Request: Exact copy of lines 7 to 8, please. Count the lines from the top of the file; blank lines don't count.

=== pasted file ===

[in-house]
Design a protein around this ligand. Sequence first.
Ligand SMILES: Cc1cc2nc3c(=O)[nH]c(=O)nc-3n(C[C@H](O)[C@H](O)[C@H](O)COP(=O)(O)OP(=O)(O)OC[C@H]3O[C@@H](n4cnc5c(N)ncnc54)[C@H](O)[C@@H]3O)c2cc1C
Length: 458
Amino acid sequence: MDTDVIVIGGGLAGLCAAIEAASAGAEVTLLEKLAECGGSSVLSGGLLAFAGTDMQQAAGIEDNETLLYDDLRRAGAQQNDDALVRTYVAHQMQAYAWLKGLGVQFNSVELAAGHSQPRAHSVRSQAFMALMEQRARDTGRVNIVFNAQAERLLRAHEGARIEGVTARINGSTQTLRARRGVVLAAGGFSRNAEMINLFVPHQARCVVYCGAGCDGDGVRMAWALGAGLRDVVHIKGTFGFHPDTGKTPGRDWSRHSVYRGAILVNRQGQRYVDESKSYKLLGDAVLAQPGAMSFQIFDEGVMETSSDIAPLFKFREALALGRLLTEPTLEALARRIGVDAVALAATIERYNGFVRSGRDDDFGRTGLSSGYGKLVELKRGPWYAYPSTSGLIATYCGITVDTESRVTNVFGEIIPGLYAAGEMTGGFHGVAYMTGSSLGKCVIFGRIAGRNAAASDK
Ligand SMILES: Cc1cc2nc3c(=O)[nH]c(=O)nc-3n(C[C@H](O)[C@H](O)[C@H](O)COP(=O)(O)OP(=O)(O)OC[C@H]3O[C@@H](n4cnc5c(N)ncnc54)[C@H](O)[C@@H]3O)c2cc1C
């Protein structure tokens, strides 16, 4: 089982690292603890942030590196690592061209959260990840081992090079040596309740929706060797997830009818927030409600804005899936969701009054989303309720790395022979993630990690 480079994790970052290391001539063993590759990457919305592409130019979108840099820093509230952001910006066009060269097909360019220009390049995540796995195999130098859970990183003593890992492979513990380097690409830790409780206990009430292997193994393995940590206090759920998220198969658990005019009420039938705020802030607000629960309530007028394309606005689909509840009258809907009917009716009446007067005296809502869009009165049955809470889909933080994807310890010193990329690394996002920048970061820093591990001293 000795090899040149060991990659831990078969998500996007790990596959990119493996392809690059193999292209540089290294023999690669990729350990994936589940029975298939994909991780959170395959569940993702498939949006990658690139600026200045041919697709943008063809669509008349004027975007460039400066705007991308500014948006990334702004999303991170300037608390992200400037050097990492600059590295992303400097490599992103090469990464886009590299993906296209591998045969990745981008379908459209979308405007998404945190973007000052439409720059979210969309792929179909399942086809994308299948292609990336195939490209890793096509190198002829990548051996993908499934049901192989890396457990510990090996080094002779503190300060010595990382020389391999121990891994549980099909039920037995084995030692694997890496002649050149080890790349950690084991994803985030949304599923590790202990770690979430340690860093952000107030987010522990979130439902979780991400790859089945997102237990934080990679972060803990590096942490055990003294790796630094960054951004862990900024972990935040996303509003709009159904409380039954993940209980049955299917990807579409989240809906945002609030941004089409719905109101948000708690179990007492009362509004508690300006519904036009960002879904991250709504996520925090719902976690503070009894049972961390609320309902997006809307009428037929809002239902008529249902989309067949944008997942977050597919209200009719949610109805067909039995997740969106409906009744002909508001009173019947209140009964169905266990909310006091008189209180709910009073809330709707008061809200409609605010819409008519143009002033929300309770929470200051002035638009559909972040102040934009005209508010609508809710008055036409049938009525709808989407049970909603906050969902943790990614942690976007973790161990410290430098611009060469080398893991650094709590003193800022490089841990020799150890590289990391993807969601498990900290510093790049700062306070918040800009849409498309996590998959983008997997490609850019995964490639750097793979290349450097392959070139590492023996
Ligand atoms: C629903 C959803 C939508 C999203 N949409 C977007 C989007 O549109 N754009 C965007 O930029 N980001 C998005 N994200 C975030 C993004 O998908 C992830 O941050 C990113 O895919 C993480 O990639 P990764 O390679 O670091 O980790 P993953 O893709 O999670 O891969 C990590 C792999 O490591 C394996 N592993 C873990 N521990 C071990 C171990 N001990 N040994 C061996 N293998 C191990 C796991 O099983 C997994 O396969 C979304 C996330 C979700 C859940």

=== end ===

């Protein structure tokens, strides 16, 4: 089982690292603890942030590196690592061209959260990840081992090079040596309740929706060797997830009818927030409600804005899936969701009054989303309720790395022979993630990690 480079994790970052290391001539063993590759990457919305592409130019979108840099820093509230952001910006066009060269097909360019220009390049995540796995195999130098859970990183003593890992492979513990380097690409830790409780206990009430292997193994393995940590206090759920998220198969658990005019009420039938705020802030607000629960309530007028394309606005689909509840009258809907009917009716009446007067005296809502869009009165049955809470889909933080994807310890010193990329690394996002920048970061820093591990001293 000795090899040149060991990659831990078969998500996007790990596959990119493996392809690059193999292209540089290294023999690669990729350990994936589940029975298939994909991780959170395959569940993702498939949006990658690139600026200045041919697709943008063809669509008349004027975007460039400066705007991308500014948006990334702004999303991170300037608390992200400037050097990492600059590295992303400097490599992103090469990464886009590299993906296209591998045969990745981008379908459209979308405007998404945190973007000052439409720059979210969309792929179909399942086809994308299948292609990336195939490209890793096509190198002829990548051996993908499934049901192989890396457990510990090996080094002779503190300060010595990382020389391999121990891994549980099909039920037995084995030692694997890496002649050149080890790349950690084991994803985030949304599923590790202990770690979430340690860093952000107030987010522990979130439902979780991400790859089945997102237990934080990679972060803990590096942490055990003294790796630094960054951004862990900024972990935040996303509003709009159904409380039954993940209980049955299917990807579409989240809906945002609030941004089409719905109101948000708690179990007492009362509004508690300006519904036009960002879904991250709504996520925090719902976690503070009894049972961390609320309902997006809307009428037929809002239902008529249902989309067949944008997942977050597919209200009719949610109805067909039995997740969106409906009744002909508001009173019947209140009964169905266990909310006091008189209180709910009073809330709707008061809200409609605010819409008519143009002033929300309770929470200051002035638009559909972040102040934009005209508010609508809710008055036409049938009525709808989407049970909603906050969902943790990614942690976007973790161990410290430098611009060469080398893991650094709590003193800022490089841990020799150890590289990391993807969601498990900290510093790049700062306070918040800009849409498309996590998959983008997997490609850019995964490639750097793979290349450097392959070139590492023996
Ligand atoms: C629903 C959803 C939508 C999203 N949409 C977007 C989007 O549109 N754009 C965007 O930029 N980001 C998005 N994200 C975030 C993004 O998908 C992830 O941050 C990113 O895919 C993480 O990639 P990764 O390679 O670091 O980790 P993953 O893709 O999670 O891969 C990590 C792999 O490591 C394996 N592993 C873990 N521990 C071990 C171990 N001990 N040994 C061996 N293998 C191990 C796991 O099983 C997994 O396969 C979304 C996330 C979700 C859940």